The National Highway Traffic Safety Administration’s (NHTSA) and the EPA’s proposed amendments (August 24, 2018, Federal Register (FR)) to regulations governing corporate average fuel economy (CAFE) standards (NHTSA) and greenhouse gas (GHG) emissions (EPA) for model years (MYs) 2021–2026 passenger cars and light trucks will likely face legal challenges should the agencies promulgate final rules that match the proposal. In contrast to more aggressive standards issued under the Obama administration (October 15, 2012, FR), the proposal would maintain the CAFE and carbon dioxide (CO2) standards applicable in MY 2020 for MYs 2021–2026.
In addition, the proposal would revoke the Clean Air Act’s (CAA) California waiver, a statutory provision that allows California to set its own tailpipe emissions standards. Other states may then adopt California’s standards. Given that 13 states, comprising about 40 percent of the U.S. auto market, have adopted California’s standards, the economic and environmental consequences of the proposed revocation are far-reaching.
The EPA/NHTSA concede that altogether, the proposed revisions would increase U.S. fuel consumption by about half a million barrels per day but would impact the global climate by only 3/1,000th of one degree.
The 515-page proposal is packed with legal justifications that will be exhaustively debated. One of the EPA’s/NHTSA’s key arguments for revoking California’s waiver is that it violates the Energy Policy and Conservation Act of 1975 (EPCA).
Preemption Waived Over 100 Times
The NHTSA sets CAFE standards under EPCA, while the EPA sets CO2 standards under the CAA. Generally, the CAA provides the EPA with the authority to preempt state standards governing vehicle tailpipe emissions. However, CAA Section 209 allows the Agency to waive preemption for California. The waiver provision was written to allow California to take independent action to address its unique air pollution problems. The EPA has granted California’s requests for the waiver over 100 times, most recently in 2013. Only once has the EPA revoked the waiver, and that decision was later reversed.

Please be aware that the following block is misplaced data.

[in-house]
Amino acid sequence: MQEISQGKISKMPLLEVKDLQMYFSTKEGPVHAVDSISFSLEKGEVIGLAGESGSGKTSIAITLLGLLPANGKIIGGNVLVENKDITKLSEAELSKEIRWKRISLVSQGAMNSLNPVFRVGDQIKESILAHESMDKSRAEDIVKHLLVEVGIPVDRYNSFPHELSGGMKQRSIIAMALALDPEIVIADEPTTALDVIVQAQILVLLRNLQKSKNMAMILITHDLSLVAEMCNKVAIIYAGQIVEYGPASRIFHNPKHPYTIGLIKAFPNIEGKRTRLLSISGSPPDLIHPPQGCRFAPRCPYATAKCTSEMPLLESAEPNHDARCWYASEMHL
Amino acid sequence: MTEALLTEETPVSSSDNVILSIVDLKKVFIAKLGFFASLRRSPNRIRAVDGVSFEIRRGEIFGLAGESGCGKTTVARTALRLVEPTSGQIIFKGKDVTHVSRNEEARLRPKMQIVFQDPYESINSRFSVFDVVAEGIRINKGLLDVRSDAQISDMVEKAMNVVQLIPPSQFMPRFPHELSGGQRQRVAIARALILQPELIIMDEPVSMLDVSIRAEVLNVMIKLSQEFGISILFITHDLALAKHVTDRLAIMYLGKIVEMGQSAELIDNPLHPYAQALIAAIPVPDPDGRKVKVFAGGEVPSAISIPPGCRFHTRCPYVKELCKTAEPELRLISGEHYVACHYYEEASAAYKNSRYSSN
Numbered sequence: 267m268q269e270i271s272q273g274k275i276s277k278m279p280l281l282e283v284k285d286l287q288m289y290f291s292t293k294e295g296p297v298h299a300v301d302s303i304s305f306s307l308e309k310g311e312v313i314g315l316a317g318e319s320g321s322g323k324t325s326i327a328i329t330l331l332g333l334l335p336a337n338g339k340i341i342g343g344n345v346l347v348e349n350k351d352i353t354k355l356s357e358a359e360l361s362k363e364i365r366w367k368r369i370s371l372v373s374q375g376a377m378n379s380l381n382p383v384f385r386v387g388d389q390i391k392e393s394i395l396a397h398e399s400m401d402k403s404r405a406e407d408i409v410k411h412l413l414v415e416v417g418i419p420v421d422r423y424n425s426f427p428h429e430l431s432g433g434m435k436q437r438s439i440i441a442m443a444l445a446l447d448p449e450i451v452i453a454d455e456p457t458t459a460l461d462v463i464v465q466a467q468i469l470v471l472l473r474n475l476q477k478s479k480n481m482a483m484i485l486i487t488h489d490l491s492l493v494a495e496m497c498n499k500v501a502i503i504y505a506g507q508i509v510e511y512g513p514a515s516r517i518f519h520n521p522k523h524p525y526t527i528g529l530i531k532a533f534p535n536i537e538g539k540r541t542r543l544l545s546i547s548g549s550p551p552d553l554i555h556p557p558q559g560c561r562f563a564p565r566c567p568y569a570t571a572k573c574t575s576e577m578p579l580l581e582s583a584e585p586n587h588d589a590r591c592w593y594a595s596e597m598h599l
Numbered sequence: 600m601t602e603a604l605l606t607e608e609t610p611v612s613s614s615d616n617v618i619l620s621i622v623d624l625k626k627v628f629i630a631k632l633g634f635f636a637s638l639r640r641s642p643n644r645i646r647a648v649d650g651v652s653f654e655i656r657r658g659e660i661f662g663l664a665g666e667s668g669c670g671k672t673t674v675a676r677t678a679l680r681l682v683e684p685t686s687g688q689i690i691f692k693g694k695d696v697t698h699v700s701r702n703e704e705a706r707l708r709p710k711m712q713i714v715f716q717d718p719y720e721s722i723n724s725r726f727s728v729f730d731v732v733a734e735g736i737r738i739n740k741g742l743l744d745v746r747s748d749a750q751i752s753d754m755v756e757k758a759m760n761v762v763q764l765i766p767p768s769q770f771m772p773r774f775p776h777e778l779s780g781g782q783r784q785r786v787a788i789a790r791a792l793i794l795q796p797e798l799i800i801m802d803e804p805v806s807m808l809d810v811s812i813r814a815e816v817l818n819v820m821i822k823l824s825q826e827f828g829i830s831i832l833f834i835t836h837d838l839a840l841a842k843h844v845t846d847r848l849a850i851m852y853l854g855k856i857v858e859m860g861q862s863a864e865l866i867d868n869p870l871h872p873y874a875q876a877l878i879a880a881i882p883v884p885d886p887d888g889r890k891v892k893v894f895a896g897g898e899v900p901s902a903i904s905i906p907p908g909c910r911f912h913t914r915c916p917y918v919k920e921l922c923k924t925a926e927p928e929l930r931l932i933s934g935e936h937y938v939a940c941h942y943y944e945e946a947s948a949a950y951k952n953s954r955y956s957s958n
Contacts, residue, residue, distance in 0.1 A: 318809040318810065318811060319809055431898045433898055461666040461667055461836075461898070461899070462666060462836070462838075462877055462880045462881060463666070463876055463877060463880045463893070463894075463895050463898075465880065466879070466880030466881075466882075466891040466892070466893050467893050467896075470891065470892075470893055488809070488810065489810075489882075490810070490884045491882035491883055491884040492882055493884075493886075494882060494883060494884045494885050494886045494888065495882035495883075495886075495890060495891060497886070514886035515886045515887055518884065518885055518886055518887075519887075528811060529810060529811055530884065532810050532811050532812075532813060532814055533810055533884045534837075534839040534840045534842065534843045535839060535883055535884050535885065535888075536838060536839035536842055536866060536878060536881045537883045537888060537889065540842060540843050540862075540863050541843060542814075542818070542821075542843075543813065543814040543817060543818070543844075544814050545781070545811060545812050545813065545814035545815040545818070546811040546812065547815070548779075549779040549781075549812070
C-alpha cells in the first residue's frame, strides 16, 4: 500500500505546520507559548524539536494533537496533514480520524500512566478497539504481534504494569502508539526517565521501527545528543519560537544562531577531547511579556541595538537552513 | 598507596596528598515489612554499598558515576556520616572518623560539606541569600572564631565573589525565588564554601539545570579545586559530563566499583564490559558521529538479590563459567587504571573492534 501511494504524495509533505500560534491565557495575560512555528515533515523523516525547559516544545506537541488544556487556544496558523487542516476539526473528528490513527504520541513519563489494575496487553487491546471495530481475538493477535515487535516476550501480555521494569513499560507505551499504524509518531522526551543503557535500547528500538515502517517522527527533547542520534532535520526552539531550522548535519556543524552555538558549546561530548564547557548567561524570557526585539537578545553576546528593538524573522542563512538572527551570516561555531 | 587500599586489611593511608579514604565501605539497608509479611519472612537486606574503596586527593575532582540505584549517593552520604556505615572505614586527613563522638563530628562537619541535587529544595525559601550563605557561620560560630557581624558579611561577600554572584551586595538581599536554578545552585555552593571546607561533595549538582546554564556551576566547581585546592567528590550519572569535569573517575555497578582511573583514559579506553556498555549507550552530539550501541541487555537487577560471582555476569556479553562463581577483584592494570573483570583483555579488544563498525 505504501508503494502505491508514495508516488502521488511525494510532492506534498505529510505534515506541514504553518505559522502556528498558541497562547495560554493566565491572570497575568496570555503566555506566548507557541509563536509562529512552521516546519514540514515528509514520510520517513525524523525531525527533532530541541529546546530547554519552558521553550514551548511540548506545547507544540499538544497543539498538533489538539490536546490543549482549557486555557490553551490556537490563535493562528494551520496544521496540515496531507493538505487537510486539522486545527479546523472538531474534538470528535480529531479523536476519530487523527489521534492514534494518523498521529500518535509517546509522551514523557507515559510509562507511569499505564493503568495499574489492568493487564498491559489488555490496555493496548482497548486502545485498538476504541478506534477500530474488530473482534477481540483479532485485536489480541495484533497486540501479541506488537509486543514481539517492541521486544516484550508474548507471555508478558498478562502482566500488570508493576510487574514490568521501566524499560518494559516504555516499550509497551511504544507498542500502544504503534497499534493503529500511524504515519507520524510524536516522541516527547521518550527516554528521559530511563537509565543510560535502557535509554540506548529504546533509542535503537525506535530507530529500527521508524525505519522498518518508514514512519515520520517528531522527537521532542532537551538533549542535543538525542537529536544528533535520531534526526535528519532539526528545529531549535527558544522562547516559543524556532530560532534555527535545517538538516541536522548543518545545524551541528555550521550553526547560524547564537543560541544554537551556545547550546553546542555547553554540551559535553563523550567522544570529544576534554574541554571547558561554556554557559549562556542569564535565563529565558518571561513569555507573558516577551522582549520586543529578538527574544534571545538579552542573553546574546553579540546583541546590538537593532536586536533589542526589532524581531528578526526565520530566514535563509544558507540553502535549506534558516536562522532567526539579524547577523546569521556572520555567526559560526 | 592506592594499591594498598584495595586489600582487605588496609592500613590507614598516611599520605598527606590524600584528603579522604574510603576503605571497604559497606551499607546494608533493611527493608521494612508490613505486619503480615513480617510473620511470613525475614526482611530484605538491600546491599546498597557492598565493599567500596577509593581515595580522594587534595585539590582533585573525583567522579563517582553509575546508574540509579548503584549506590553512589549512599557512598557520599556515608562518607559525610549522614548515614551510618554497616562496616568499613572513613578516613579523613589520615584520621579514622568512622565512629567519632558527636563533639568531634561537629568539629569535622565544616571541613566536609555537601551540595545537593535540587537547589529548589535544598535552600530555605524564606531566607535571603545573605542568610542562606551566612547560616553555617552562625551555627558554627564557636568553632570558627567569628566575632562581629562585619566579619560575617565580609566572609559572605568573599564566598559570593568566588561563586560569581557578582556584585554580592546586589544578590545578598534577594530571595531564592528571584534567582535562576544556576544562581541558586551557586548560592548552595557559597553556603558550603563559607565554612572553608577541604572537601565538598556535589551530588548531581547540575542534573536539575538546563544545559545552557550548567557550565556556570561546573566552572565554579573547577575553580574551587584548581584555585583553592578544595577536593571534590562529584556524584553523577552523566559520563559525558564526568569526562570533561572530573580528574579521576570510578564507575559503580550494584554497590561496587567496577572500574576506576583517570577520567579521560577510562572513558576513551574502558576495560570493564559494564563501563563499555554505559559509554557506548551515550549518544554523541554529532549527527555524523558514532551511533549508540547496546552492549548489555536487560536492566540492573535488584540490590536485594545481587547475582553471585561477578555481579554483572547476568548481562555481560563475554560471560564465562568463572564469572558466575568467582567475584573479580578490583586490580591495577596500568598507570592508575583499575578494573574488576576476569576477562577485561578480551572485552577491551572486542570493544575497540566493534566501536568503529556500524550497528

No Waiver in EPCA
In one of their legal discussions, the EPA/NHTSA point out that while the CAA allows the EPA to waive federal preemption for California, EPCA provides no waiver from the federal CAFE standards.
“EPCA’s express preemption language is broad and clear,” states the EPA/NHTSA, quoting 49 U.S.C. 32919:
“When an average fuel economy standard prescribed under this chapter is in effect, a State or a political subdivision of a State may not adopt or enforce a law or regulation related to fuel economy standards or average fuel economy standards for automobiles covered by an average fuel economy standard under this chapter.”
CO2 and Fuel Economy Linked
The EPA/NHTSA take the position that this broad statutory provision necessarily also governs state regulations over GHG emissions. The agencies explain:
“GHG emissions, and particularly CO2 emissions, are mathematically linked to fuel economy; therefore, regulations limiting tailpipe CO2 emissions are directly related to fuel economy. To summarize, most light vehicles are powered by gasoline internal combustion engines. The combustion of gasoline produces CO2 in amounts that can be readily calculated. CO2 emissions are always and directly linked to fuel consumption because CO2 is a necessary and inevitable byproduct of burning gasoline. The more fuel a vehicle burns or consumes, the more CO2 it emits.”
This line of thinking proceeds into the regulatory framework:
“Given that substantially reducing CO2 tailpipe emissions from automobiles is unavoidably and overwhelmingly dependent upon substantially increasing fuel economy through installation of engine technologies, transmission technologies, accessory technologies, vehicle technologies, and hybrid technologies, increases in fuel economy inevitably produce commensurate reductions in CO2 tailpipe emissions. Since there is but one pool of technologies for reducing tailpipe CO2 emissions and increasing fuel economy available now and for the foreseeable future, regulation of CO2 emissions and fuel consumption are inextricably linked. Such state regulations are therefore unquestionably ‘related’ and expressly preempted under 49 U.S.C. 32919.”
Other GHGs Not Affected
The agencies add that other GHG emissions are not related to fuel economy, and therefore, federal preemption of emissions standards would not apply. For example, vehicle air-conditioning may leak refrigerants.
“Since such emissions have no bearing on a vehicle’s fuel economy performance or tailpipe CO2 emissions, states can pass laws specifically regulating or even prohibiting such vehicular refrigerant leakage without relating to fuel economy,” say the EPA/NHTSA. “Therefore, EPCA would not preempt such laws, if narrowly drafted so as not to include tailpipe CO2 emissions. If, however, a state law sought to limit the combined GHG emissions from a motor vehicle, in a manner that would include tailpipe CO2 emissions, EPCA would preempt that portion of the law.”
Again, the above is a quick summary of an exhaustive legal argument and only one of several such arguments the EPA/NHTSA will likely be defending in the courts.